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It is 16 years since my Dad went to be with the Lord in the sky.
And the one lesson the old man taught us was that ‘real men don’t cry!’
An African in the old school style, Mr Bonnie Ontita had been a medal winning boxer in his days at Makerere, and was as tough as a box of rusty nails, with an abrasive personality to boot.
If me or my little brother shed tears when being ‘disciplined’ with one of his hefty belts, we got a thorough lashing so that ‘you have something to really cry about, Thorny.’
And I am pretty happy my Dad brought us boys up that way, because it prepared us to face life’s occasional ‘beatings’ and put a brave face on it.
Yet you’ll find some silly black person, who has read/heard a lot of white person literature on the Internet say that was a form of child abuse.
When I was in Standard Three, and I may have told you this story before, a bully called Ray thumped the hell out of me at home time, and I went home with tears running down my eyes.
My Dad found me sobbing, and snarled: ‘Thorny, why are you
‘Ray beat me,’ I hiccupped between tears.
The Old Man belted me for not fighting back. Then gave me one of those little spanners and said: “At break time, use this spanner to whack Ray very hard on the head.”
Following that quite-frankly-lunatic advice got me in lotsa trouble at school the following day.
And when I told the discipline master, a wiry guy called Mr Njoroge who doubled up as the Games Master that it was my Dad who had armed me with the small spanner to ambush Ray, I was given a double caning for the audacious attempt to ‘implicate your father’ in (your) acts of savagery…
The lesson the Old Man left me with is that when Life’s bullies gang up on you, get a metaphorical spanner, lie in wait – and deal with them thoroughly in the fullness of time in such a way that they will never think of touching a hair on your head.
For the remainder of my time in primary, thanks to the Story of the Spanner, I went unmolested (especially as, back then, I was your classic skinny bookworm, but also known for my ‘mchongoano’).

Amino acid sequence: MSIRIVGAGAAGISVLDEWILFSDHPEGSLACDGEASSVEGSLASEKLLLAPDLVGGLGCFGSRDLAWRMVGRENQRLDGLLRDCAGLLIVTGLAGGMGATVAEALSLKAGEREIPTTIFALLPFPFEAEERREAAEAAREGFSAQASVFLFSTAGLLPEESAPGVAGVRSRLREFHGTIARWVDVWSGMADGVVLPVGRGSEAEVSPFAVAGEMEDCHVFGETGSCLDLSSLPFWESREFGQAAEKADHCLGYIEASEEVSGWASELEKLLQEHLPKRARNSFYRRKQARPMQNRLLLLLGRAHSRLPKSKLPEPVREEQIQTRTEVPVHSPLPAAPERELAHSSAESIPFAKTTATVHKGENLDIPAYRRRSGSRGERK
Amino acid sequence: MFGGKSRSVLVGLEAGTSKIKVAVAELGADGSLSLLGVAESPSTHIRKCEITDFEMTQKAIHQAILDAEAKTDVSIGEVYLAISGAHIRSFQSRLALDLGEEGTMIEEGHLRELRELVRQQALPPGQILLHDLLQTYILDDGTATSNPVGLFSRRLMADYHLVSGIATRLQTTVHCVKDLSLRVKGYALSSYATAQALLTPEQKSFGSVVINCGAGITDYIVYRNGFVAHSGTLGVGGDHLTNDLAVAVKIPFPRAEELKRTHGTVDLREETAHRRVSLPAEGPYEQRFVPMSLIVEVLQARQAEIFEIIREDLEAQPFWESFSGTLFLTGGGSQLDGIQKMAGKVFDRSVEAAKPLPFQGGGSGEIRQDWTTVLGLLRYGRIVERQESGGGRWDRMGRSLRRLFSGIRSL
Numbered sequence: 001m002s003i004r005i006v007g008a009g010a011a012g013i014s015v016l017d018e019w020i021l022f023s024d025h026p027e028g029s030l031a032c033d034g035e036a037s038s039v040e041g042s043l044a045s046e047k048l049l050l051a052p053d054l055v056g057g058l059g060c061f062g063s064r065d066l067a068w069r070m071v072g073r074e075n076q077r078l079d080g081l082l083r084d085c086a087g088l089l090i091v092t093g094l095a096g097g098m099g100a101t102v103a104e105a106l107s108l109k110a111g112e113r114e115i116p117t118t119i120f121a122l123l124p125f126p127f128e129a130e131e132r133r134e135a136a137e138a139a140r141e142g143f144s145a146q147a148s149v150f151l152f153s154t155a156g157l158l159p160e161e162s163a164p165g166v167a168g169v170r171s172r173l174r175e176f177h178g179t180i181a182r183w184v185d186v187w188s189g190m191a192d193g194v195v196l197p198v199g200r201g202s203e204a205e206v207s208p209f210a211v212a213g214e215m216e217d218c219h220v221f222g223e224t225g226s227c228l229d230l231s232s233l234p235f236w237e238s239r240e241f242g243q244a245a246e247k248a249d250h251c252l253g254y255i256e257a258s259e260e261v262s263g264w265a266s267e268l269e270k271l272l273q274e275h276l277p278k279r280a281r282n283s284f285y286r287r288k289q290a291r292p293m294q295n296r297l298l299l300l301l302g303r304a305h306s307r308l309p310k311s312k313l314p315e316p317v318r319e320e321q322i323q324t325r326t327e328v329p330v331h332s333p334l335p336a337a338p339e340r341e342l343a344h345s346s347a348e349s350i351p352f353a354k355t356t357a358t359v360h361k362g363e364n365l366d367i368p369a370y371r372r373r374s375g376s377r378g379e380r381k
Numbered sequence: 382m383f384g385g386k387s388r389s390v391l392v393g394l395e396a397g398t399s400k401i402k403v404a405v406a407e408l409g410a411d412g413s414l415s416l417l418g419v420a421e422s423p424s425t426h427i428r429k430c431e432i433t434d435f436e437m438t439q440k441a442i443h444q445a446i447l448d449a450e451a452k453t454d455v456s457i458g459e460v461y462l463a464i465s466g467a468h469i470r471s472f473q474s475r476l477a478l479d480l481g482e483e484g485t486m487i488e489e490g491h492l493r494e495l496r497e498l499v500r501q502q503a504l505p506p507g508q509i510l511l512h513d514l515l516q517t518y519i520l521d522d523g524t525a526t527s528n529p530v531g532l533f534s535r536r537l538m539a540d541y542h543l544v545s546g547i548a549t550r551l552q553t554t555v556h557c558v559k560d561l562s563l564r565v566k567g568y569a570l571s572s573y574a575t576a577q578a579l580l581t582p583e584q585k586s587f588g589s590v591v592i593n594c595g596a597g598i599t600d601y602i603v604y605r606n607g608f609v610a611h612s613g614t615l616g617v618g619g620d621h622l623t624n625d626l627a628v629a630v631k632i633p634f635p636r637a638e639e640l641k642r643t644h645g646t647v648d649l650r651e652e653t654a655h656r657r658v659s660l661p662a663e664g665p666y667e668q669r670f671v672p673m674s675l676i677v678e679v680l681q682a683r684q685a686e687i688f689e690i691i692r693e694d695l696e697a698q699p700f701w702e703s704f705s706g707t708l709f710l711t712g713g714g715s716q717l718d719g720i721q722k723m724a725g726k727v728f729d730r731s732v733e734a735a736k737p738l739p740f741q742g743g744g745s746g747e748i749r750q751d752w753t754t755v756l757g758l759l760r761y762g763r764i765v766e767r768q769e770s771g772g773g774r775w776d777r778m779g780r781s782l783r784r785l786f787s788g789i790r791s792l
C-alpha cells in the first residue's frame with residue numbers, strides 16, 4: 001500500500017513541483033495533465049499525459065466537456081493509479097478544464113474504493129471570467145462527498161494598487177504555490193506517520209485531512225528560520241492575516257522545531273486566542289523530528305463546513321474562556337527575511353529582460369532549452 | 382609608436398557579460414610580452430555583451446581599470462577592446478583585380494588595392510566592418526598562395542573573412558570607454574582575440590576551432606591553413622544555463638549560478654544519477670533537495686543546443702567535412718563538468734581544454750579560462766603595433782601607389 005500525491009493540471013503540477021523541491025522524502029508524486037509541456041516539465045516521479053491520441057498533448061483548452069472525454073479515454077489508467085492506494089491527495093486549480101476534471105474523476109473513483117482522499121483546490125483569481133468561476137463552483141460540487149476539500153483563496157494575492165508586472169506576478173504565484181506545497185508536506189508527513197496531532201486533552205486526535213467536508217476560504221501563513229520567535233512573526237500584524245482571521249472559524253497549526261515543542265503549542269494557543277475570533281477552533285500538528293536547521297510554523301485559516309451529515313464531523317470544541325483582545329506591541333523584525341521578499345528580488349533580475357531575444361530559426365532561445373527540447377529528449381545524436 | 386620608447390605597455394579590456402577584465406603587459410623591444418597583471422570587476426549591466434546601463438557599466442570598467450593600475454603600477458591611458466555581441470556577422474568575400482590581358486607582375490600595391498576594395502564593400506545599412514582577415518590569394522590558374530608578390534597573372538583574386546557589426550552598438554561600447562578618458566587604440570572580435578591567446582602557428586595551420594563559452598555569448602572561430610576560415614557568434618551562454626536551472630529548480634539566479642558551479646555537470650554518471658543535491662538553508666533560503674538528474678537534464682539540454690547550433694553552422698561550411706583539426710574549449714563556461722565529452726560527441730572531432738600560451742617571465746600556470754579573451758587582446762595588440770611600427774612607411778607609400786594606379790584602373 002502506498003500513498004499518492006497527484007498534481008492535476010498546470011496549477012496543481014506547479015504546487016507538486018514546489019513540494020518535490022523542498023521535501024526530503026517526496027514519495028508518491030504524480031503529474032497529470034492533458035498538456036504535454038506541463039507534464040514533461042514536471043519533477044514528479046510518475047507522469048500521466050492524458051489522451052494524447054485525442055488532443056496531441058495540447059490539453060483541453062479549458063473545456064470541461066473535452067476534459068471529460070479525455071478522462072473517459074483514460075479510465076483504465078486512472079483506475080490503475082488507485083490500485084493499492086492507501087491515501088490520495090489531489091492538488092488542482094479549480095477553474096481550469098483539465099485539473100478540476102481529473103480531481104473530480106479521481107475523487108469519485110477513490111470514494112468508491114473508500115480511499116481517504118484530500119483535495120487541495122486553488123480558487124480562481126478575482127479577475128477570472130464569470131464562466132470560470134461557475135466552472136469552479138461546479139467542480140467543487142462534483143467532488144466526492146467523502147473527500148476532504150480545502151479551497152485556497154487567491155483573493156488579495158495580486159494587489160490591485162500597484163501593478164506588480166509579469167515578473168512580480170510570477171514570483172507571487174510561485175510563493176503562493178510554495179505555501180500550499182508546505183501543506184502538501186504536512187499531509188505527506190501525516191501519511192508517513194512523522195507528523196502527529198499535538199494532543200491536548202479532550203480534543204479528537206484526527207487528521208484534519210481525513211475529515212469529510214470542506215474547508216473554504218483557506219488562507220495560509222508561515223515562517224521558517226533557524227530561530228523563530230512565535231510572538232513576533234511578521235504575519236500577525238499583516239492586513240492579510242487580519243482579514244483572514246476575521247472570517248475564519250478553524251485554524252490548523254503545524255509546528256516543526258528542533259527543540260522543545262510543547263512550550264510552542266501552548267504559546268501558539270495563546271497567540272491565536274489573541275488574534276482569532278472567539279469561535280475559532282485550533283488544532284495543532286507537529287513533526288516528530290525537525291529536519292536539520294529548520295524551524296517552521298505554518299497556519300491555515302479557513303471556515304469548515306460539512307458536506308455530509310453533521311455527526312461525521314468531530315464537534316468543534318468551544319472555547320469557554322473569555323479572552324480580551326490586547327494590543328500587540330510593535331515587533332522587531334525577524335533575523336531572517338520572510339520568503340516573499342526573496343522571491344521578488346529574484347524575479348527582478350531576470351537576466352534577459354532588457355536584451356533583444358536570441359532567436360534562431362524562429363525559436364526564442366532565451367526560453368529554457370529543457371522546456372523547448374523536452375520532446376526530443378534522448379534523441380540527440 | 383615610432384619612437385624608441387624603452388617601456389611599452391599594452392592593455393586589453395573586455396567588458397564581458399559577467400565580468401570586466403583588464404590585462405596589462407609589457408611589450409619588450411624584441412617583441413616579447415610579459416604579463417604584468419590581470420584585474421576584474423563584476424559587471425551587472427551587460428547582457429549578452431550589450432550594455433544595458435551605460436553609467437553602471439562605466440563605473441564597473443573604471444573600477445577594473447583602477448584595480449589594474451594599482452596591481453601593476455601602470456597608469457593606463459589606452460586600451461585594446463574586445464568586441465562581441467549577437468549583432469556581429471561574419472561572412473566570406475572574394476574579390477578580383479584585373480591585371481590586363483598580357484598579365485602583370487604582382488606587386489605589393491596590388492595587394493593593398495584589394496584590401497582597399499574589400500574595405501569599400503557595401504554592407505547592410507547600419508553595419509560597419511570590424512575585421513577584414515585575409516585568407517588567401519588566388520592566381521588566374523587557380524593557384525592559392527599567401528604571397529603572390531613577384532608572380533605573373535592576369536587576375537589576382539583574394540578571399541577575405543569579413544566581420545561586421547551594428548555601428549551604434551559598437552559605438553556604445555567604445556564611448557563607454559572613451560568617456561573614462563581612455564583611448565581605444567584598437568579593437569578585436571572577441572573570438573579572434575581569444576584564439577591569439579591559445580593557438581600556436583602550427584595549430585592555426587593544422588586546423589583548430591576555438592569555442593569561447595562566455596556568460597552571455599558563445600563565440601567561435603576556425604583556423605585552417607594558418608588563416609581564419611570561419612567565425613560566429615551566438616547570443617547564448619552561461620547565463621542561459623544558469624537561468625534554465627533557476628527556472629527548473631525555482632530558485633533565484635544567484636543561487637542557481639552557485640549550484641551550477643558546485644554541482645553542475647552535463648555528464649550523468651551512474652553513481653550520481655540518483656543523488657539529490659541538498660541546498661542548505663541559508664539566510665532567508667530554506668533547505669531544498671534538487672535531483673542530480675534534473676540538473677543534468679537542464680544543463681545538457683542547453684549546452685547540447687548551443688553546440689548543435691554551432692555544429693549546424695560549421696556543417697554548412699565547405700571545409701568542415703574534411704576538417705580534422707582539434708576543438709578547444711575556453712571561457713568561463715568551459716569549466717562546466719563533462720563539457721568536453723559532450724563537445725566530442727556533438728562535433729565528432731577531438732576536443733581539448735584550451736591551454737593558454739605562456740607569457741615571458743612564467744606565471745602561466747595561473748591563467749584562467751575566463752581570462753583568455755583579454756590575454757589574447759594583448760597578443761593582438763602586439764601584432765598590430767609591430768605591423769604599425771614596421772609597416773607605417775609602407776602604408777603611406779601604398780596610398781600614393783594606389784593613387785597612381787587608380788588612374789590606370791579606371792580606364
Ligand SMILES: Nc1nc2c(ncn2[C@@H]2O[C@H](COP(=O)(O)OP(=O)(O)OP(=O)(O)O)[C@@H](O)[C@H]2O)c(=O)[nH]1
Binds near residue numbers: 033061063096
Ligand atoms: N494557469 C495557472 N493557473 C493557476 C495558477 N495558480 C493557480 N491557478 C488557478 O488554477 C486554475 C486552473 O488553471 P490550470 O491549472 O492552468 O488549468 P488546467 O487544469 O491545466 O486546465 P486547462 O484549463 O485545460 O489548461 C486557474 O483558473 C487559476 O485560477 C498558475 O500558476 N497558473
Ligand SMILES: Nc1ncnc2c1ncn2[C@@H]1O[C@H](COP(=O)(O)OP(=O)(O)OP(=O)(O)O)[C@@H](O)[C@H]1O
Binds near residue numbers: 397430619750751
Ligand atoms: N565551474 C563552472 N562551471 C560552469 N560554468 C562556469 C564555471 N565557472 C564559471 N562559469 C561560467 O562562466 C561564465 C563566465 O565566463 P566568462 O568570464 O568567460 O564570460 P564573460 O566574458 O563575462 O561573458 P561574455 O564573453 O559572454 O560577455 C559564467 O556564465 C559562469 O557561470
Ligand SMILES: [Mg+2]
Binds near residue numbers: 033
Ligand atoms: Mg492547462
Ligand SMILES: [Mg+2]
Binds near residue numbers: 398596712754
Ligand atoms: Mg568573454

These days, thanks to the Internet that has allowed the world of Whites to cross over and dominate our thinking, young men are encouraged to cry and ‘let it all out,’ the modern thinking being that bottling up emotions is harmful to your health.
‘A real man does not cry,’ sound advice if you ask me, is being tossed aside to encourage all sorts of crybabies, who even have the guts to throw self-pity parties all over social media, and whine like wusses.
I was appalled to see a man who Trump wants to be a federal judge cry during his testimony to Congress, not because he had just received some tragic news that a loved one has died, but because he felt he was being questioned unfairly by a Democrat on the bench. But he is American, and they encourage those ones to weep these days over every little thing.
My thinking is that, as long as we are alive, death, divorce, debt and other bad things can, and do happen. But as a man, it is your job to maintain a stiff upper lip and Stalin-like steel interior.
Otherwise if your kids see you wailing, how terrified are they supposed to be?
In my life, I saw my late Dad cry only three times in the quarter century that we shared together.
(i) The night my mom passed away (ii) The day I was suspended for a year from college. (iii) When Diego Maradona ran the length of the field to score that goal against England.
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